The Bureau • Artist Spotlight
What got you in to Crypto art?
It was 2020 when I inherited my father’s photography archive. At the same time, the term NFT suddenly appeared in the media, and I was captivated by them, so I set out to find a way to involve them in our projects. I reached out to the amazing crypto artist, and friend, Remo Camerota and what started as a request for advice blossomed into an exciting collaboration. The outcome was the drop titled ‘20th Century Music Legends’. The project includes my father’s photographs of some well-known faces, together with the work of Bruce Fleming, the man behind the iconic cover shot for Jimi Hendrix’s first LP “Are You Experienced”. In the project, you will recognise the faces of Keith Richards, The Beatles, Sting, Jimi Hendrix, and other stars. Dipped in Remo’s eccentric and colourful vision, adding hand-drawn elements and animation, the original photographs emerge renewed, witty, and contemporary, reverting to their old-fashioned version by the end.
Where do you find your inspiration?
Every film negative I discovered in my father’s archived fuelled me with new ideas, and now that we have begun working with other photographers and artists, I am continuously inspired by their ability to breathe new life into vintage photography.
What do you think of traditional artwork?
The opportunity to view work in real life always ignites a feeling hard to describe, but what is happening with digital art is equally exciting, and unexplored. I see so many possibilities on the horizon in both realms. Our most recent project revolves around a single shot my father took of HRH Princess Margaret. Each of the artists involved has reinterpreted the image in a contemporary tone using both a mix of traditional and non-traditional mediums, from oil painting, sculpture, blood, glass and NFTs.
Do you think your art is fulfilling a purpose?
Yes, definitely. For me it's about my Father's legacy as a creator and doing justice to his original works. A defining element of his work was his use of a Gandolfi plate camera from the 1800s - hardly used in present times - which he carried with him all around the world. After my Father’s passing in 2014, I began the process of archiving his work. It was at that point that I realised that so much more could – and should - be done with all he left behind. I has recently set up The Bureau as a place where artists and photographers from different walks of life can come together and collaborate on a range of exciting projects. At The Bureau, the past collides with the present: dressing old-fashioned analogue photography with a contemporary touch that projects it into the future of the craft while honouring its past history.
How did you start out as an artist?
With my mother as a successful producer and my father as a renowned photographer, I grew up in a very stimulating and creative environment. This fuelled my passion to pursue a career in this field, but to do it in my own way while carving my own path. I founded the film festival Thunderdance, which showcased and celebrated young talent and their incredible short films and now at the Bureau I keep supporting talent in everyone, regardless of where they come from or who they are.
Who or what inspires your work?
Lots of inspirations, but mainly my Dad, Ken Griffiths.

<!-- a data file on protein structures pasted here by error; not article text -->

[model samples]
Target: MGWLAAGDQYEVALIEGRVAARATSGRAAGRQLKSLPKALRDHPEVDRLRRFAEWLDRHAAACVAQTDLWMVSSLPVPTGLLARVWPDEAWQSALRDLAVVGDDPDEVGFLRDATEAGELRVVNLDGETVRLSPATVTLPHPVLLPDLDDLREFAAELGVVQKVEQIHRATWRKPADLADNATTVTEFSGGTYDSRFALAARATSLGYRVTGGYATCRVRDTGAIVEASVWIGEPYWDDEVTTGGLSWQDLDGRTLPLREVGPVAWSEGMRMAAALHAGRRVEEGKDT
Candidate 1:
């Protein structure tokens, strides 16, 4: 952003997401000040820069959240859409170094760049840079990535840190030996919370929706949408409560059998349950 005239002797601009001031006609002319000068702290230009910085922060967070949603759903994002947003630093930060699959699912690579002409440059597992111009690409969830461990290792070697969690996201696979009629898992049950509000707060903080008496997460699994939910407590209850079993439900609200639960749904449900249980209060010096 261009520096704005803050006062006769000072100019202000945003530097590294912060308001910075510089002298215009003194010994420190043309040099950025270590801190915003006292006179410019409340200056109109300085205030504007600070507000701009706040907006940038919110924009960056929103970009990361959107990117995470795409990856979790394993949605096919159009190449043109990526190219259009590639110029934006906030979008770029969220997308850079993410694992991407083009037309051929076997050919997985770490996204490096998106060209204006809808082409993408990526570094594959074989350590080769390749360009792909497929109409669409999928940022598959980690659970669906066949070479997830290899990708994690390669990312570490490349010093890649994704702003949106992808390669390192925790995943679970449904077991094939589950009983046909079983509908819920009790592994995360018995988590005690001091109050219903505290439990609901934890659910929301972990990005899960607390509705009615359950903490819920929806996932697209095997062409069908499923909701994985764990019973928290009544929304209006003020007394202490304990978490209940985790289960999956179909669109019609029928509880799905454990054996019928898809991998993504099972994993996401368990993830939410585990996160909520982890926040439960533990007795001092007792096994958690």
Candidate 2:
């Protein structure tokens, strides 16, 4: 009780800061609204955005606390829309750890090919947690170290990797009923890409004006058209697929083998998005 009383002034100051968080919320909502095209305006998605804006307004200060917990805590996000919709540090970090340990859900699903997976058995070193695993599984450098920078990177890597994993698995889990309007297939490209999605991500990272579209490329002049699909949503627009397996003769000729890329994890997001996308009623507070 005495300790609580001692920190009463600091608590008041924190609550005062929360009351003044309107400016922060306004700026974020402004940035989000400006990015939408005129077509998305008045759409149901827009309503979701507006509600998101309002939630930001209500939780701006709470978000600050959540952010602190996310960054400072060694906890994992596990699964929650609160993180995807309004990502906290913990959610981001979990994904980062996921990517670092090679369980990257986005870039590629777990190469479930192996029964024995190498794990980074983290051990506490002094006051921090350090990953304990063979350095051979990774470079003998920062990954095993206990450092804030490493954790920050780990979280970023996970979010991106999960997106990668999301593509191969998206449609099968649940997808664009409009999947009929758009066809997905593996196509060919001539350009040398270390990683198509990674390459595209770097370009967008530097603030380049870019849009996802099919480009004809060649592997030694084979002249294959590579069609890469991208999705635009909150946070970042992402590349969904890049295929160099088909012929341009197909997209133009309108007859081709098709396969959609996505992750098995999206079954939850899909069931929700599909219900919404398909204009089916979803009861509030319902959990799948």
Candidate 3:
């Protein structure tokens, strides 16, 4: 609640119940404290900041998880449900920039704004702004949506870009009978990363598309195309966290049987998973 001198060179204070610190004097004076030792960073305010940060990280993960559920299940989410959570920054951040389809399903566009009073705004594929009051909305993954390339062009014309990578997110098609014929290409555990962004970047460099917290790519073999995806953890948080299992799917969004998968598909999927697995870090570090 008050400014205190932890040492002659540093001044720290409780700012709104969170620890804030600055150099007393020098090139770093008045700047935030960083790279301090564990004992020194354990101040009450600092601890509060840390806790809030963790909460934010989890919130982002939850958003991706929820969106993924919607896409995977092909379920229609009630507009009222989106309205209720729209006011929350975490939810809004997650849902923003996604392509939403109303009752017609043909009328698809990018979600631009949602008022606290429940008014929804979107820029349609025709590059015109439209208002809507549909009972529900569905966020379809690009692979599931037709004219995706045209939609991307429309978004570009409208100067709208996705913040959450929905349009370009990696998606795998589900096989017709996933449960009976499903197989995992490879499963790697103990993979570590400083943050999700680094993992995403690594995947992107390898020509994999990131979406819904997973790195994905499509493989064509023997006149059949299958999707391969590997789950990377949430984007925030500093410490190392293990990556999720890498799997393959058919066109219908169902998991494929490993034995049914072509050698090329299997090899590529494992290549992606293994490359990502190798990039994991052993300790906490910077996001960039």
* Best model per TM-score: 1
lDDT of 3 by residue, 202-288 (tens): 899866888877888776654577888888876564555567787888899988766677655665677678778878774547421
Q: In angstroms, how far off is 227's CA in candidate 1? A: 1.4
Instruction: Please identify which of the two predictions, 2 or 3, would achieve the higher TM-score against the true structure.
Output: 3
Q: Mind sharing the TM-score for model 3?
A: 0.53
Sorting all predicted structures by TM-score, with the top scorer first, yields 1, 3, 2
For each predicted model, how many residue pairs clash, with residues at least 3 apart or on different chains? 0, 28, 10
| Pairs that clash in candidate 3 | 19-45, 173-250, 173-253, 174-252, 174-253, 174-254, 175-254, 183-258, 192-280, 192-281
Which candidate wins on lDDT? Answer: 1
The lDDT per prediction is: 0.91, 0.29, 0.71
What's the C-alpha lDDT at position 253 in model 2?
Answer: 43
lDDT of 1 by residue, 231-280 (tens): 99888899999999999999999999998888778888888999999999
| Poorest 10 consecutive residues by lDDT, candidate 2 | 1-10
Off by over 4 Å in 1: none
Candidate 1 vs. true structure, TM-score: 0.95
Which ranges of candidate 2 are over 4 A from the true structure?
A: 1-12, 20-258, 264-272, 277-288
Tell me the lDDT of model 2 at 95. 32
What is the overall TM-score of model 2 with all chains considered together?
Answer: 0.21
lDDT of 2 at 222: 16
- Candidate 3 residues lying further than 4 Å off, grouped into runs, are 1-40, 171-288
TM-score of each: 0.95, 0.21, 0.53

Which other artist(s) so you admire?
So many, but growing up, my father would show me the likes of Man Ray, the American visual artist, who often worked with his photograph imagery to create surrealist art. This fed my love of Surrealism, a while ago I went to see the Dorothea Tanning exhibition at Tate which I found absolutely exceptional, and her quote on the meaning of art stuck with me, I recognise a bit of myself in it: “Art has always been the raft onto which we climb to save our sanity. I don't see a different purpose for it now.”
Final question, what is next for you as an artist?
In the past two years, I have spent a great deal of my time among my father's old pictures of actors, pop stars, politicians, or of some woman or man in some remote corner of the world. When I came across his portrait of Princess Margaret holding a pillow, spelling a clear and arresting sentence: 'It's not easy being a Princess'. Something about this photo triggered a compelling need in me to really tell a story while celebrating my father's ability to portray the true essence of his subjects. Looking at the original portrait, hidden in the Princess' blue eyes, her mischievous grin, and in her surroundings, I could see the countless ways that story could be told. And, of course, the message on the pillow. The original image speaks to people, of the difficulty of the roles assigned to us, of humanity, freedom, longing, love, and loss. I knew that releasing the image on its own wasn't going to be enough to unlock that mystery and to start a dialogue, so I chose to step back and let Art speak for itself. I asked a series of 22 artists to collaborate and reinterpret what they saw, offering others a chance to see the photo through their eyes, sharing their visions without any boundaries or rules of how they should interpret what they saw. This is how the 'HRH Princess Margaret – 20 Years, 20 Artworks' project came to be. Released 20 years on from her passing and with an exhibition in London, Soho from the 9th-20th February. The entire NFT collection will be available to see there and will drop on KnownOrigin on the 18th of February!
We would like to thank The Bureau for giving up their time to collaborate on this with us.